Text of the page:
The great whitewash
Rod Liddle says that Lord Hutton gave the government the benefit of the doubt, sometimes to the point of appearing either hopelessly naive or a visitor from a kinder, gentler planet So what were you all waiting for? You surely could not have been expecting an inquiry, headed by an eminent law lord, to deliver an indictment of the government? They don't do that, law lords. Certainly they haven't in my lifetime. And it hasn't happened now, with Lord Hutton.
But even by the standards of his equally well appointed and eminent predecessors — Lord Franks, Sir Richard Scott, Sir Anthony Hammond, Lord Denning, all of whom found it necessary to exculpate the political establishment when push came to shove — Lord Hutton has flung the whitewash around with a copiousness, a completeness, which must have surprised even the inhabitants of Downing Street. The only thing we can learn from the Hutton report is that next time we yearn and clamour for an inquiry into some piece of governmental chicanery, we should avoid at all costs importuning a senior member of the legal community to write it. Instead we should get someone a little more sentient, a little more observant, a little less inclined to accept without question the protestations of innocence of the ruling political elite. A plumber, for example. Or maybe the members of Atomic Kitten. Be a bit cheaper, too.
The Hutton inquiry established in the public mind — beyond all question — the government's disingenuousness and deceit over the gravity of the threat posed by Iraq to the West. And then the Hutton report passed over, or ignored, or rather airily dismissed all of this stuff. Lord Hutton was merely following precedent here: the same sort of thing happened, if you remember, with the Scott inquiry into the selling of weapons to Iraq and, even more brazenly, Lord Franks's inquiry into the government's failure to prevent the Argentine invasion of the Falkland Islands. The ability of law lords and the like to hear a mass of evidence and, having done so, to draw precisely the opposite conclusion to that reached by the rest of the country is almost as entertaining as their penchant of law lords for pronouncing simple words in a bizarre or anachronistic manner. Weapons of maaaarse destruction indeed, Lord Hutton?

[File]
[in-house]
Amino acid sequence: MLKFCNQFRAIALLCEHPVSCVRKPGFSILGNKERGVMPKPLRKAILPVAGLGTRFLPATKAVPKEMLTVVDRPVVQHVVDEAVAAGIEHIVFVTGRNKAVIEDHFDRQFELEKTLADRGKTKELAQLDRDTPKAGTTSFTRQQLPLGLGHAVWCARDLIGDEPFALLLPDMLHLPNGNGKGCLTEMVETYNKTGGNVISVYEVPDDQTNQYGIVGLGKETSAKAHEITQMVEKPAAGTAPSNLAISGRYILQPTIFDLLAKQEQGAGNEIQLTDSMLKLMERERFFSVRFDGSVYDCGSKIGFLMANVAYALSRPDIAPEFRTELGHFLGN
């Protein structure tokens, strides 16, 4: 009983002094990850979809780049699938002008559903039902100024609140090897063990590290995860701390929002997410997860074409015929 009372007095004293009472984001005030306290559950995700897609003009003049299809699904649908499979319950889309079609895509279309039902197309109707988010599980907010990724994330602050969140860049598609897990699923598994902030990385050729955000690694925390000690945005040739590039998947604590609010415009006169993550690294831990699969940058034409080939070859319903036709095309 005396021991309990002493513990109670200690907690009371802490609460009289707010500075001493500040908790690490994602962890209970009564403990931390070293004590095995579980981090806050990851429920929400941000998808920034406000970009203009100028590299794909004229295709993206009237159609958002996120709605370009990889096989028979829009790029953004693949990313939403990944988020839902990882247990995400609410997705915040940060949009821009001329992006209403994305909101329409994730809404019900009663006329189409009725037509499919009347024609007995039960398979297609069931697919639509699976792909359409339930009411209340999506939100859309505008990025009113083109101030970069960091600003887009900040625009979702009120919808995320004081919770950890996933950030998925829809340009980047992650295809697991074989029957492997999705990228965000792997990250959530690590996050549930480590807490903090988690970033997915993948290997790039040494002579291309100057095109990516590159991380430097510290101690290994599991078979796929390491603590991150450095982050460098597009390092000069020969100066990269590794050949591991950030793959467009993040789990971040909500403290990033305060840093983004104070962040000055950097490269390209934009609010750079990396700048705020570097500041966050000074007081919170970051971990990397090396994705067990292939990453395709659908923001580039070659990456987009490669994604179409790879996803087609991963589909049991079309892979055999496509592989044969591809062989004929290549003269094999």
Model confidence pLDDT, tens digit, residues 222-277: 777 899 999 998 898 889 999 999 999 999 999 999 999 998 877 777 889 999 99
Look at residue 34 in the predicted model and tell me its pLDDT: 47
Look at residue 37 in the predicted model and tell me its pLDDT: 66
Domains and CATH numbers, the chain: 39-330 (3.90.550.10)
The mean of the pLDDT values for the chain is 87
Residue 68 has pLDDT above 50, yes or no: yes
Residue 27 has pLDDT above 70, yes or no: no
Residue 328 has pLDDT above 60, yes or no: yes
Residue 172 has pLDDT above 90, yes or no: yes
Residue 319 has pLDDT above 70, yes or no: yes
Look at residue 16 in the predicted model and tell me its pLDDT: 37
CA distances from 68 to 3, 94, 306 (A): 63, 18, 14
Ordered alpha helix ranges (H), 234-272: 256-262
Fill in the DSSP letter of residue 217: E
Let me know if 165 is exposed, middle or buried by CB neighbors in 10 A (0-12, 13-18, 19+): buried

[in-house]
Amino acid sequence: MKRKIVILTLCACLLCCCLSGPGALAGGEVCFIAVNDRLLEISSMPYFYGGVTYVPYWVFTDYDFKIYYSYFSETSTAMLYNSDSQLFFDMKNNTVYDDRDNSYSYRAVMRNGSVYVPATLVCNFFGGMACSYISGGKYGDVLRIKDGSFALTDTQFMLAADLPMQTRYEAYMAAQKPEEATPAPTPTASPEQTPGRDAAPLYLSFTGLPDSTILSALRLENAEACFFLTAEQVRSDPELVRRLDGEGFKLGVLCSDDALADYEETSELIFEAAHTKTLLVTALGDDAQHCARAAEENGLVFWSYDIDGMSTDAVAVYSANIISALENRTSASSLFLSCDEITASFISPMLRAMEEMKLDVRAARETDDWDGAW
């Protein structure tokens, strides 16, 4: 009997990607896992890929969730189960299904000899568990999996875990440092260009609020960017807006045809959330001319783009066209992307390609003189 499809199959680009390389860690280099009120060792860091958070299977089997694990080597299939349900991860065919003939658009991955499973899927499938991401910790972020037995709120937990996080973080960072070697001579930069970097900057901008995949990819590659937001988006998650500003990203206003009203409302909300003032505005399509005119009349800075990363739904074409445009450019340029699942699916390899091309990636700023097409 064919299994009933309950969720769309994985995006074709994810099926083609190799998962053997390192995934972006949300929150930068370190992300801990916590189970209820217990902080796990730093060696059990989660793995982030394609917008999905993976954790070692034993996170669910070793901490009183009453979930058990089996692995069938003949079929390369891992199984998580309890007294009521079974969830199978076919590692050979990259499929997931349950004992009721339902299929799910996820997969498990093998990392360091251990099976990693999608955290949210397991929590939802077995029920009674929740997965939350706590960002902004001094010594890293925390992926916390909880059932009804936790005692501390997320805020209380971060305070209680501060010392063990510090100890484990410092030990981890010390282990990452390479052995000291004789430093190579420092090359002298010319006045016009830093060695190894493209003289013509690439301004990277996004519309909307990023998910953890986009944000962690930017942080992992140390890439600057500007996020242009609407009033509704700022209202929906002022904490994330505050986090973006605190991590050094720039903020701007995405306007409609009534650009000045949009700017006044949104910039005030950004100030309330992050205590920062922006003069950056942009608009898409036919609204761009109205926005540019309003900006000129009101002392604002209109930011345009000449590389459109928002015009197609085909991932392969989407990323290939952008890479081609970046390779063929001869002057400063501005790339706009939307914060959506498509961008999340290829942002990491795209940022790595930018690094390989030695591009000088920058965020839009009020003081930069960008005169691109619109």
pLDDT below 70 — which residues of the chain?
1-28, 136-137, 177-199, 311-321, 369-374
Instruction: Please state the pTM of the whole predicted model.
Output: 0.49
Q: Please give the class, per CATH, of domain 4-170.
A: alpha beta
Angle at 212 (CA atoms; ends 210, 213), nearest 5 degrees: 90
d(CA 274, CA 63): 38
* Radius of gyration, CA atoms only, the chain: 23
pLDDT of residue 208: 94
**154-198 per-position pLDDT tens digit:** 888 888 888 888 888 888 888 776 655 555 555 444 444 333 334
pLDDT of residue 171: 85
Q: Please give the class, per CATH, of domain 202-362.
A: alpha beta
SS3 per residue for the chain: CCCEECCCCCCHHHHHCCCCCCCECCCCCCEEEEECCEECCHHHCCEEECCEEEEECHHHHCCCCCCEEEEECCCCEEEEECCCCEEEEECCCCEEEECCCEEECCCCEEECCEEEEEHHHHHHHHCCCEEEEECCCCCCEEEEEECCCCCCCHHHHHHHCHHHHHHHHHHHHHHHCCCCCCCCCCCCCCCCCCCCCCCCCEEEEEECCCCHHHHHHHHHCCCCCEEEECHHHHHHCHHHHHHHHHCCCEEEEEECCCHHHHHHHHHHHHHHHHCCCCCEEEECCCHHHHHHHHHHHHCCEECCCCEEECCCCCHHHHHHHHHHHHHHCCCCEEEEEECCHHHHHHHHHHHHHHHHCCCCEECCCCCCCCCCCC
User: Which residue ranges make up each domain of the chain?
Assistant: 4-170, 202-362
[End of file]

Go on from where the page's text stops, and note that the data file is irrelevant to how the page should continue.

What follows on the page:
So let us help his lordship. Let us remind him of the salient facts established by his own inquiry but by which he seemed unimpressed, or maybe just bored.
Firstly, the BBC was not merely justified in but should be congratulated upon broadcasting a story that was important, significant and in the public interest. There are some, around here, who consider it the most important political story of the last 20 years or so.
Secondly, that the story was not merely fundamentally correct as it stood on 29 May, but has since been endlessly corrobo rated. The story was this: a senior member of the intelligence community had deep misgivings about the way in which the government was using the information he and his colleagues had gathered — and that, what's more, it was Alastair Campbell or his office that was primarily responsible for 'sexing up' the September dossier which so wilfully exaggerated the threat posed by Iraq.
We should concede here — as the BBC conceded — that the wording of one of Andrew Gilligan's 18 interviews on 29 May went a shade too far. The allegation that the government knew that the claim that Iraq's weapons of mass destruction could be deployed in 45 minutes was false and could not be corroborated. You and I might suspect that it's true, but we can't prove it — and so Andrew Gilligan should not have made the allegation. He has already admitted this point. But we might also acknowledge that this particular rogue interview, at seven minutes past six in the morning, did not form the basis of the original complaints from Mr Campbell. It is doubtful that he even heard it. The complaint, then, was that a) Gilligan had only one source and b) his source was insufficiently senior. We now know precisely how 'important and credible' Dr Kelly was, and we have more recently heard his views repeated by other members of the intelligence services.
Lord Hutton decided, for reasons which entirely elude me, that the September dossier was not 'sexed up'. Let's examine what we know, as a fact, about this.